Astros' Reputation Takes Another Hit With Cheating Allegations
The Astros reportedly "were electronically stealing signs" during their World Series-winning '17 season, adding to what has been an "awful few weeks for the Astros, both on and off the field," according to Bob Nightengale of USA TODAY. Astros President of Baseball Operations & GM Jeff Luhnow said, "These past couple of weeks there's been a lot of news surrounding the Astros and it's not all good news. It's disappointing. If there's an issue that we need to address, we'll address it." A's P Mike Fiers was on the Astros' team in '17 and in a story posted by The Athletic said that the Astros "stole signs using a center-field camera, which violates MLB rules." MLB and the Astros following Fiers' allegations said that it would "immediately launch an investigation on whether the Astros cheated." Even if the Astros are eventually "cleared, it badly sullies their reputation." Luhnow: "I'm hopeful we'll find out exactly what happened, and we'll address it if there's something that needs to be addressed, and we'll move on" (USA TODAY, 11/13). Luhnow said of how the team operates, "We haven't done everything properly, but I do feel confident that in general, most of the time, we did things right and we try and follow the rules. We try to be good citizens and we try to compete as hard as we can." He added, "I feel good about the organization" (HOUSTON CHRONICLE, 11/13).
NOT THE FIRST RUMBLINGS OF CHEATING: In Houston, Chandler Rome notes the Astros are cooperating with MLB's investigation, though it is "unclear if this investigation is independent of the ongoing one involving the firing" of former Assistant GM/Player Evaluation Brandon Taubman. The Red Sox in '17 were fined after the Yankees "filed a complaint against them" for stealing signs. Whether the Astros will be punished "remains to be seen." Fiers' allegation is the "latest lobbed against the Astros, who've been known to push boundaries in sign-stealing." Most recently, unnamed members of the Yankees "accused Houston of whistling to signal signs" during the ALCS. Both Luhnow and Astros manager A.J. Hinch "vehemently denied the deed" (HOUSTON CHRONICLE, 11/13). ESPN.com's Jeff Passan wrote allegations of cheating by the Astros have "chased the organization for years, going back to its World Series victory" against the Dodgers in '17. Sources said that opponents playing at Minute Maid Park are on "constant lookout for signs of subterfuge." Sources added that before the World Series this year, members of the Nationals organization "received warnings from others around the game to beware of everything from flashing lights to whistling to a person relaying signs from the train that runs above left field" (ESPN.com, 11/12). In DC, Dave Sheinin writes while the Astros "sit at the center of this controversy, all of baseball will be watching closely to see how MLB responds." In the digital age, it is "fair to speculate every team in the sport has been either a victim or a perpetrator of electronic sign-stealing, or quite possibly both" (WASHINGTON POST, 11/13).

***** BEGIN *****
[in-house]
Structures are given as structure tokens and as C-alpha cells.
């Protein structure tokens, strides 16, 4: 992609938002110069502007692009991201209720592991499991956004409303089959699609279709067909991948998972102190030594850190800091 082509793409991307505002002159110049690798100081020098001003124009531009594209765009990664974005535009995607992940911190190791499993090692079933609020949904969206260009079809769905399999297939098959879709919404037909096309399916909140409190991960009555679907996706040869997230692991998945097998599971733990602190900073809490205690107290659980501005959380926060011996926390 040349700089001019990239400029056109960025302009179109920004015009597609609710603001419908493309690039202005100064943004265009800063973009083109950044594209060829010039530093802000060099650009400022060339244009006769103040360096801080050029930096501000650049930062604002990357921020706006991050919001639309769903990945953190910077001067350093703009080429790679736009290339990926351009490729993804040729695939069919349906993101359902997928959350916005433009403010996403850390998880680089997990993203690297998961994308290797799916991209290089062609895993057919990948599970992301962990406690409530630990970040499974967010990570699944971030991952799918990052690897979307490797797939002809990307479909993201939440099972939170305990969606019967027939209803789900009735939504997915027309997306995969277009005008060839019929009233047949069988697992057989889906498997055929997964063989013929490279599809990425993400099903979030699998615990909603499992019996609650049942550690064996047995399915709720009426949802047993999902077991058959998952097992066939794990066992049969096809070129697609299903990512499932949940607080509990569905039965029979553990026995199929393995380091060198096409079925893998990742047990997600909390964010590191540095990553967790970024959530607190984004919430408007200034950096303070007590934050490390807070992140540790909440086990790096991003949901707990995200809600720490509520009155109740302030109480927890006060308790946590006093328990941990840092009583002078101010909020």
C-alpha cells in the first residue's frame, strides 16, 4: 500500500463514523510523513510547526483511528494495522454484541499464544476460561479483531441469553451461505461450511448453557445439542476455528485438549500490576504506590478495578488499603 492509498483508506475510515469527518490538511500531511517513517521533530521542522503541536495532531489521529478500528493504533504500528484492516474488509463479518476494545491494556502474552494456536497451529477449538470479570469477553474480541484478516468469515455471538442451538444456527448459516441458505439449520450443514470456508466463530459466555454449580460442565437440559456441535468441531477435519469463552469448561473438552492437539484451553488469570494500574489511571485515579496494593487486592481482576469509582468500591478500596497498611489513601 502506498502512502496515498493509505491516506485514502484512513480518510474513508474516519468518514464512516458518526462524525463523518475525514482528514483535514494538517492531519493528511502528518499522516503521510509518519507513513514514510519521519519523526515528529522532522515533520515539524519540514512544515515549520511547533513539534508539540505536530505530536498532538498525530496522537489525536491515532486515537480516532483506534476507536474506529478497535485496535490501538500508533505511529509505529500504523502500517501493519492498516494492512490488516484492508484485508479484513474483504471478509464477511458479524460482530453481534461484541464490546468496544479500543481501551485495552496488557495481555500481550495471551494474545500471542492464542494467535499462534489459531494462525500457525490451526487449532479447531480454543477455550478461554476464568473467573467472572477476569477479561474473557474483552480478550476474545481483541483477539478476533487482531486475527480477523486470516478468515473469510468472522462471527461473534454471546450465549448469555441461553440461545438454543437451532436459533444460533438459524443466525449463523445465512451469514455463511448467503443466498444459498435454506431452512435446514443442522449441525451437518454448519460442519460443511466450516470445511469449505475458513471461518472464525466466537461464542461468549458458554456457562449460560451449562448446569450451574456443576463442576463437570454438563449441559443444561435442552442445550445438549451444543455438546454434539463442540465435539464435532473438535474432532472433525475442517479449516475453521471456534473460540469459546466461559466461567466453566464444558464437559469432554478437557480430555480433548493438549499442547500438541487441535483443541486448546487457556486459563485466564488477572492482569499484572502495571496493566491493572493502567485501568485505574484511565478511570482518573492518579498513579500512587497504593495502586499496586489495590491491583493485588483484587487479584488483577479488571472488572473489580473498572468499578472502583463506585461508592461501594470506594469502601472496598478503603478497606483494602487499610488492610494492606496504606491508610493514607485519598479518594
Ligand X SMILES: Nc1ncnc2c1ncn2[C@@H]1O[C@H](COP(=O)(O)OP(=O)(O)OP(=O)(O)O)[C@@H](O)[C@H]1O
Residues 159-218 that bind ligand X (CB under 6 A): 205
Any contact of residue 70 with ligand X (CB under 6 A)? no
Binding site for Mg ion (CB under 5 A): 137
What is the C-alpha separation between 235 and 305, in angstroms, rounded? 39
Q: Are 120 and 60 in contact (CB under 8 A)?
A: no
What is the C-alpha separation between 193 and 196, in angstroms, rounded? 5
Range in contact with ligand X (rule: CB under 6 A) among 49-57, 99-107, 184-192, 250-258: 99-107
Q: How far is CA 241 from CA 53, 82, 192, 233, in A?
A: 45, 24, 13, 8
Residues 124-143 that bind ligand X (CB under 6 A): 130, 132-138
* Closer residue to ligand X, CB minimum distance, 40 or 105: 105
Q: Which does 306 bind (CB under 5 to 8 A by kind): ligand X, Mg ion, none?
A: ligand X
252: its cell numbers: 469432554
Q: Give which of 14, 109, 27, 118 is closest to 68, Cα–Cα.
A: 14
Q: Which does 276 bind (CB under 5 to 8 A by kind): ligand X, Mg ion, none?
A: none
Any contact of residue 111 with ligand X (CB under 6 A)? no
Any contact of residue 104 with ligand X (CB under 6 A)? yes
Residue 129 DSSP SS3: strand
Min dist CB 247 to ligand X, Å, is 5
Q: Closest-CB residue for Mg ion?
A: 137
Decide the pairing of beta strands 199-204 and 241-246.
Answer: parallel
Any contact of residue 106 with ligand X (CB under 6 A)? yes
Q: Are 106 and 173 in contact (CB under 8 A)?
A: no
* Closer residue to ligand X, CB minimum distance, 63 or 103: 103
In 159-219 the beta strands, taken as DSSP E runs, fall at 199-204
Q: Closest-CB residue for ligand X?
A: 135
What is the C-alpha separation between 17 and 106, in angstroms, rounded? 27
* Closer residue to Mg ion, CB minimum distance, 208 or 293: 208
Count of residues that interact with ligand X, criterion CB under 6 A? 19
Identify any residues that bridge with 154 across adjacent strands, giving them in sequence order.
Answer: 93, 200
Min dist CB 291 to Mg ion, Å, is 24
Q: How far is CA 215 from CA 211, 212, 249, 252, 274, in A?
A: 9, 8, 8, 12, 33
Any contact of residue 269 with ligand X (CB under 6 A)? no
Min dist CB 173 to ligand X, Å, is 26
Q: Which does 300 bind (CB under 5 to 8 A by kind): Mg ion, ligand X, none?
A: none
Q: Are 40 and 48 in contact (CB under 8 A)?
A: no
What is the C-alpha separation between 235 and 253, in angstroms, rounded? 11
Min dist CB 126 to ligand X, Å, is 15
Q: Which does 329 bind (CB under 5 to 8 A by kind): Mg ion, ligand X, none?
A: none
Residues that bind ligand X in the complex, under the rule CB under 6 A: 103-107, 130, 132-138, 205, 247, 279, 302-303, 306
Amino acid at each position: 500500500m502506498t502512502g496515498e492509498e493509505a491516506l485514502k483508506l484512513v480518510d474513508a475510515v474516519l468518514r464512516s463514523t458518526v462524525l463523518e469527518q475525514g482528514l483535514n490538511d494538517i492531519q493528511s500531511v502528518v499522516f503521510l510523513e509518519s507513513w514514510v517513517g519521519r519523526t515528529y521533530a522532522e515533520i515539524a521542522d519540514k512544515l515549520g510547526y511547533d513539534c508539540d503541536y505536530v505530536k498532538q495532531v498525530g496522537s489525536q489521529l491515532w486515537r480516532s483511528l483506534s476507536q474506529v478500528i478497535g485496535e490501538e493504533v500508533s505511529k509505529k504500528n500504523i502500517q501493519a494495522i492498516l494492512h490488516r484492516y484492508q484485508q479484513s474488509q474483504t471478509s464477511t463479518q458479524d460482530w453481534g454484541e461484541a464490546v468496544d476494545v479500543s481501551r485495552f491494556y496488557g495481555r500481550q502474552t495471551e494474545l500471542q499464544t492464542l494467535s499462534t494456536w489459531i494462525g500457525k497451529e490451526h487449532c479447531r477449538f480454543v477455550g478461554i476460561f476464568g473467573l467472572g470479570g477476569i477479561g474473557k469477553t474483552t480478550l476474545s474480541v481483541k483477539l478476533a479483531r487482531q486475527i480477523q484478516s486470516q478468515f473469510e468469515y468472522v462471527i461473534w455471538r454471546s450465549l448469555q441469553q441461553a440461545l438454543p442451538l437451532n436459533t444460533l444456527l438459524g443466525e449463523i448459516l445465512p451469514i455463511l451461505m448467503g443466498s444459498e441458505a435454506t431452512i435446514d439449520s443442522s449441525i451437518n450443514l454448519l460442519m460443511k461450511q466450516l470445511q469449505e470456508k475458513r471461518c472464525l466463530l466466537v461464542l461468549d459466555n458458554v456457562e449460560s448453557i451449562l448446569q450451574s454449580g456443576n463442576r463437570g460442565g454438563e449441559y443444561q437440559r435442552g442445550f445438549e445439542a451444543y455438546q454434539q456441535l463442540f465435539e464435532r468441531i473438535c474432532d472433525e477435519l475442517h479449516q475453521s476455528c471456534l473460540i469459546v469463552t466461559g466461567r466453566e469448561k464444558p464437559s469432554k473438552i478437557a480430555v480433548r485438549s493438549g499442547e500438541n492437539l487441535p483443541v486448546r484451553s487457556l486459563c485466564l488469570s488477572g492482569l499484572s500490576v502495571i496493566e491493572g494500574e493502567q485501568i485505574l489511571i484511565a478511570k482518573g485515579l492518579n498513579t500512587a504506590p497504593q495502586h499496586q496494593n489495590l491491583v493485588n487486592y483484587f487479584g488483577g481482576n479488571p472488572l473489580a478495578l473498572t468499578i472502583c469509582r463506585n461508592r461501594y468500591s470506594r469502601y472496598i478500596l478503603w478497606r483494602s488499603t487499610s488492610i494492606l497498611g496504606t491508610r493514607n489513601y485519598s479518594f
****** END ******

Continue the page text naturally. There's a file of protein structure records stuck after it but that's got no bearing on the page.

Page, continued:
PUSHING BOUNDARIES: USA TODAY's Gabe Lacques writes the Astros being accused of sign-stealing in '17 "perhaps best captures what we might call 'Astros culture.'" There "always has been and always will be a nebulous code to sign-stealing." It is just "so very Astros to push that code to the edge -- and over it" (USA TODAY, 11/13). In Houston, Jerome Solomon writes for the Astros, it is "hard to imagine any other conclusion besides guilty as charged." Solomon: "The 'crime' as it were, isn't so egregious that the World Series victory is tainted." This is a "baseball-wide issue." As for reputation, though, the Astros have "permanently damaged theirs" (HOUSTON CHRONICLE, 11/13). In N.Y., Joel Sherman writes everything the Astros have done in this, the "greatest era in franchise history," including winning the '17 World Series, is "now smudged with doubt" (N.Y. POST, 11/13).
GETTING A BAD REP: USA TODAY's Nightengale writes the fallout for the Astros is "more about the image of the franchise." Just as players find it "virtually impossible to reshape their image, it's perhaps even more difficult for organizations to do it" (USA TODAY, 11/13). YAHOO SPORTS' Tim Brown writes under the header, "The Astros Already Have A Bruised Reputation. A Sign-Stealing Scandal Could Land The Final Blow" (SPORTS.YAHOO.com, 11/13). On Long Island, David Lennon writes the Astros are "even better at cheating than they are at baseball." The Astros already have a "villainous reputation, and one that seemingly gets worse by the day" (NEWSDAY, 11/13). ESPN Radio’s Trey Wingo noted the Astros are "going to do what they think is necessary to win” (“Golic & Wingo,” ESPN Radio, 11/13). ESPN.com's Buster Olney wrote any "plausible deniability is long since gone for Luhnow and the Astros" (ESPN.com, 11/12). ESPN’s Stephen A. Smith said the Astros are “rapidly becoming a national embarrassment” and are “devoid of principles, devoid of decency to some degree” (“First Take,” ESPN, 11/13).
NOT THE ONLY ONES? SI.com's Michael Rosenberg writes this incident "looks and feels like Spygate." The Astros are "a lot like the Patriots: They win a ton, they have unconventional methods" and they are "secret about those methods." There are "surely a lot of baseball executives cackling and rubbing their hands together right now." But the "big difference" between the Astros and Patriots is that the Patriots were "widely seen as the one team breaking this rule, and they were warned about it." The Astros "may be perceived as the worst offenders" and "might even be the worst offenders." But they are "definitely not the only offenders" (SI.com, 11/13).